When Frank Yoo assembled his small team in a boardroom to come up with a new product, he had no idea that he would transform not only a company, but also an entire industry.

Yoo is a Director of Design at , the popular ridesharing app that, along with Uber, has become synonymous with ride sharing. Under his direction, the design team has grown from one and a half to 50. Looking back, his career path is one of success after success, a fact that he’s humbled about to this day.

After cutting his teeth at Yahoo and a stint with a Pre-IPO LinkedIn, Yoo yearned for something smaller and scrappier. He wanted to join a team huddled in a sweaty little room, building something from the ground up — the true startup experience. Luckily, through an acquaintance, Yoo was offered a role with a small scrappy startup called Zimride to help form their mobile solution. He got exactly what he asked for — at least for a while.

“We had no idea that it was going to take off”, Yoo says with a laugh as he chats with MUX (Mobile UX Awards) founder Alan Nowogrodski over Skype from his San Francisco office.

Zimride

Around 2012, Zimride was a web-based dashboard to book seats for long distance rides. Most customers at that time were universities and other similar institutions that needed to book rides for their constituents. Zimride was only beginning to consider the greater public market and the potential of peer-to-peer.

Although Yoo was hired to create a compelling mobile product, he found it difficult to gain traction.

“When you’re scheduling rides weeks in advance,” Yoo explains, “you don’t really need it to be an ‘at your fingertips’ kind of mobile experience.”

At a crossroads, Yoo’s team took an experimental approach and used hackathons and design sprints to explore new ways to bring their expertise in peer-to-peer and apply it to a new, meaningful line of business.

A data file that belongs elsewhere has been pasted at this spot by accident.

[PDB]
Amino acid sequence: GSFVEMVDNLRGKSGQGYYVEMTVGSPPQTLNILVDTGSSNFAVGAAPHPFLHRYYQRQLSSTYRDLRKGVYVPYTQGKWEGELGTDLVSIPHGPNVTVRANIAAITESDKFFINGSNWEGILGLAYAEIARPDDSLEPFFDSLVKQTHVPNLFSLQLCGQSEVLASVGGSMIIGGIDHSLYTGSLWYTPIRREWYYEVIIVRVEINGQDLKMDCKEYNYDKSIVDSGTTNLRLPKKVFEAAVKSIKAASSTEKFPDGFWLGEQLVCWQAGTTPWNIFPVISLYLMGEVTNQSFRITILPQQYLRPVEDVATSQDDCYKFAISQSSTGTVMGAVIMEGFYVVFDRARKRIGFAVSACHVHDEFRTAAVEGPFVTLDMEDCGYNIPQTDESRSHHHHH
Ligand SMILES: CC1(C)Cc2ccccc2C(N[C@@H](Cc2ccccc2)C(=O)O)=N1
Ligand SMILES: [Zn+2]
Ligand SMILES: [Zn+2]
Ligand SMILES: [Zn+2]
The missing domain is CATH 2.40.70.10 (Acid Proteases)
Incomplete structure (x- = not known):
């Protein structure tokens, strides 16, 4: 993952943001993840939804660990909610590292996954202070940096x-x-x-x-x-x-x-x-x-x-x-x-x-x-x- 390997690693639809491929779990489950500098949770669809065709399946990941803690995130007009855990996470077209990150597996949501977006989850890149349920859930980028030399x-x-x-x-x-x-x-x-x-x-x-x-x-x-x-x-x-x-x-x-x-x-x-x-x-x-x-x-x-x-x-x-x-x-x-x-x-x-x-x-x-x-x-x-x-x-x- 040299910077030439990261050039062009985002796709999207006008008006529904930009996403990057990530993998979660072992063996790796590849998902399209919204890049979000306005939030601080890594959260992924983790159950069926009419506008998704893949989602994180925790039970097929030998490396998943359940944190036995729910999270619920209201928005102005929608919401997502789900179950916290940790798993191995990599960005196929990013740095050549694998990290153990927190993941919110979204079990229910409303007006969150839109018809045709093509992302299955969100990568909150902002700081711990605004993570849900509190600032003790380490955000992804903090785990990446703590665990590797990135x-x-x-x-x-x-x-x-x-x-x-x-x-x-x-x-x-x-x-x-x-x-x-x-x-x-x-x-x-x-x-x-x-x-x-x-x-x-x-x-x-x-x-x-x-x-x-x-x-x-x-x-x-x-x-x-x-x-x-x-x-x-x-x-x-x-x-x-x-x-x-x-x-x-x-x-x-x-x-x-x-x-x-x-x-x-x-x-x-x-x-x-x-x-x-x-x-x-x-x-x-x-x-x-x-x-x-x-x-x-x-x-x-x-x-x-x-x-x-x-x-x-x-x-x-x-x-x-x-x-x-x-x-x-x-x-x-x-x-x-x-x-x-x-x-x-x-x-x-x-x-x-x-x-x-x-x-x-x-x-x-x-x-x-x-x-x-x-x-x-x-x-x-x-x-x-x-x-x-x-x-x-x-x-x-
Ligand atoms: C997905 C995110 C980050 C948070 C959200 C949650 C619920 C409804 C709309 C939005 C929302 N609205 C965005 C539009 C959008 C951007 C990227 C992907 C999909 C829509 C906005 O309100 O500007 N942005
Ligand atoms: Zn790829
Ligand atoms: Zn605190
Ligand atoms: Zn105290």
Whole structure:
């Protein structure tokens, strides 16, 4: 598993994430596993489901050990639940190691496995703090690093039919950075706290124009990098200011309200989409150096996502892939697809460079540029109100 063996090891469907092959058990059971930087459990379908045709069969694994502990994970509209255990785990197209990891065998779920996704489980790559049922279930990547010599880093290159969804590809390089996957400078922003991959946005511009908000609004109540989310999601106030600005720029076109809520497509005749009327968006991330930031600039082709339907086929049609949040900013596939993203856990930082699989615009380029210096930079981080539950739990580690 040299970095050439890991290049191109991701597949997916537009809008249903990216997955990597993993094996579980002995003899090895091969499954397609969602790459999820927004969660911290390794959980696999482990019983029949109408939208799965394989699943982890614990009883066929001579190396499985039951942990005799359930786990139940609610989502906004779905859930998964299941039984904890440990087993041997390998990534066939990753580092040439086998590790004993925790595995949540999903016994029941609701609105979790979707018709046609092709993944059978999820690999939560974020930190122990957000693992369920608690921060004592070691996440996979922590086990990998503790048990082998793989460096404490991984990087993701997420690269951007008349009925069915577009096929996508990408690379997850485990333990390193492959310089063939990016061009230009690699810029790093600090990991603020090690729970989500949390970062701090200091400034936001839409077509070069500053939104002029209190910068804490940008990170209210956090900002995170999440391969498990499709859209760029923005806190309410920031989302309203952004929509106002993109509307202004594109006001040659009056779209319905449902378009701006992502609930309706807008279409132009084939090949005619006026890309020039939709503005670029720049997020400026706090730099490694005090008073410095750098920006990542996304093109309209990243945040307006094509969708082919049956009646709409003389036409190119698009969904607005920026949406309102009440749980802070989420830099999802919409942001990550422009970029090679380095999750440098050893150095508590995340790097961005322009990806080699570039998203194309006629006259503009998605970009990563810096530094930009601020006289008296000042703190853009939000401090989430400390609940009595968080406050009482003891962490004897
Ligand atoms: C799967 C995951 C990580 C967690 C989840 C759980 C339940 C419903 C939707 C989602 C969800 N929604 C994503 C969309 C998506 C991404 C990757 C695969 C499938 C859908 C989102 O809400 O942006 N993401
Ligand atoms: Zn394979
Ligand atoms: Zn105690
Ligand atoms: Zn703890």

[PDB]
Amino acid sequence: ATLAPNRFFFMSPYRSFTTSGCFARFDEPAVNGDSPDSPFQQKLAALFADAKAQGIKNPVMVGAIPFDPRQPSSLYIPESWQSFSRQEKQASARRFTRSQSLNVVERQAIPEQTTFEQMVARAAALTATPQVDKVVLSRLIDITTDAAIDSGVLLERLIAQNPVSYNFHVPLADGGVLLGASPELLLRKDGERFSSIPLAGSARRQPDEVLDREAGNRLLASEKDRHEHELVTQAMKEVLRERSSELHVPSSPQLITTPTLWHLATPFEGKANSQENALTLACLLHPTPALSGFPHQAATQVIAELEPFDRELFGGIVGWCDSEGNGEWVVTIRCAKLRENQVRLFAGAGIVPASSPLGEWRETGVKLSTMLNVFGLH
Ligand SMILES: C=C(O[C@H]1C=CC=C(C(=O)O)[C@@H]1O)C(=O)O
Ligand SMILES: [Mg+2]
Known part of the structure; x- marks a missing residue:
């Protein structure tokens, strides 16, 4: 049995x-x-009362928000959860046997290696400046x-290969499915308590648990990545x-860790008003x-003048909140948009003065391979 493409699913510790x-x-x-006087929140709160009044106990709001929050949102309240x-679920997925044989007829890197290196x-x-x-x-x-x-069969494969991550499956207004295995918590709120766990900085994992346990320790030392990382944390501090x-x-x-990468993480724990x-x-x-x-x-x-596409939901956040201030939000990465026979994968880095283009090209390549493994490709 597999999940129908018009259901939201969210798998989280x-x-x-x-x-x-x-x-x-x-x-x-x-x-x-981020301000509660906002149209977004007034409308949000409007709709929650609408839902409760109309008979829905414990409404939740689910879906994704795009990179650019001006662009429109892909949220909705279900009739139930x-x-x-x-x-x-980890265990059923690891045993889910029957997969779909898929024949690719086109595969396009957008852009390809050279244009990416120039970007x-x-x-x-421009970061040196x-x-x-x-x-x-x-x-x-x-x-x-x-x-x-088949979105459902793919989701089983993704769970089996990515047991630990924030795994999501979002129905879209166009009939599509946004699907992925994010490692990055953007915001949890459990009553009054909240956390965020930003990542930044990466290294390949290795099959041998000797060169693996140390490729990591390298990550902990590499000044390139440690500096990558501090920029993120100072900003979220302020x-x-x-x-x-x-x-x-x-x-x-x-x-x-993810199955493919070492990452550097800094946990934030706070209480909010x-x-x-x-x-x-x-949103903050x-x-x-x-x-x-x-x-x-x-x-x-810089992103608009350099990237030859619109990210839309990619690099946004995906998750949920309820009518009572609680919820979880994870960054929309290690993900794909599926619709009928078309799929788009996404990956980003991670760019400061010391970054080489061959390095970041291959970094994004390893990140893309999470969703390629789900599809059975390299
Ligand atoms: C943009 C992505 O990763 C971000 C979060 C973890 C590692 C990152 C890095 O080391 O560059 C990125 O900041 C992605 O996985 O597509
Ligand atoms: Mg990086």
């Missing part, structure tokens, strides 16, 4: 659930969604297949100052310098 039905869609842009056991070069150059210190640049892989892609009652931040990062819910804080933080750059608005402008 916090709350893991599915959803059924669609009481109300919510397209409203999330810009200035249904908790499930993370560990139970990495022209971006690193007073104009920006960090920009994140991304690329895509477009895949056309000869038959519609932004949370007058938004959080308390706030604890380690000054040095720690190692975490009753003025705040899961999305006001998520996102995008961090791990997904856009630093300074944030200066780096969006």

After considering a few ways to improve long-distance ride sharing — social media and gamification among them — Yoo’s team touched on something intriguing: cross-town commutes & weekend nights.

“So we thought, why not take peer to peer, which is something we were experts in, and apply it to that?”

The Boardroom

With this newfound inspiration, Yoo assembled a team made up of a handful of engineers, a designer and the company’s co-founders. The plan was to be as scrappy as possible.

“We locked ourselves into the conference room and kind of cranked this thing out,” recalls Yoo.

The product, then called Zimride Instant, was intended to act as companion offering to their core web-based platform. Yoo’s team had little idea that in the process they would reinvent the company. Rather, the absence of pressure was simply liberating.

“We felt that we had a bit of freedom to experiment,” Yoo says. “It was pretty low risk, we weren’t super huge at the time, and we had a small team invested in it. The idea was to get it out there and see if we get traction.”

When Zimride Instant was unveiled, demand was off the charts.

“It was nuts.” Yoo laughs.

The outcome was almost too good, and “anti-growth hacks” were required to slow the demand to a manageable level.

“We instituted a passenger phasing throttle,” Yoo explains. “We used a wait list to reduce the demand, which seems a bit crazy, but the angle there was ‘what can we do to keep our most loyal users happy and new users wouldn’t yet know what they were missing?’”

Keep it Simple

The experiment was successful, and Zimride Instant — soon to be renamed to Lyft — became the wildly popular ride sharing app that it is today. Part of the success, says Yoo, could be boiled down to the simplicity of the mobile app.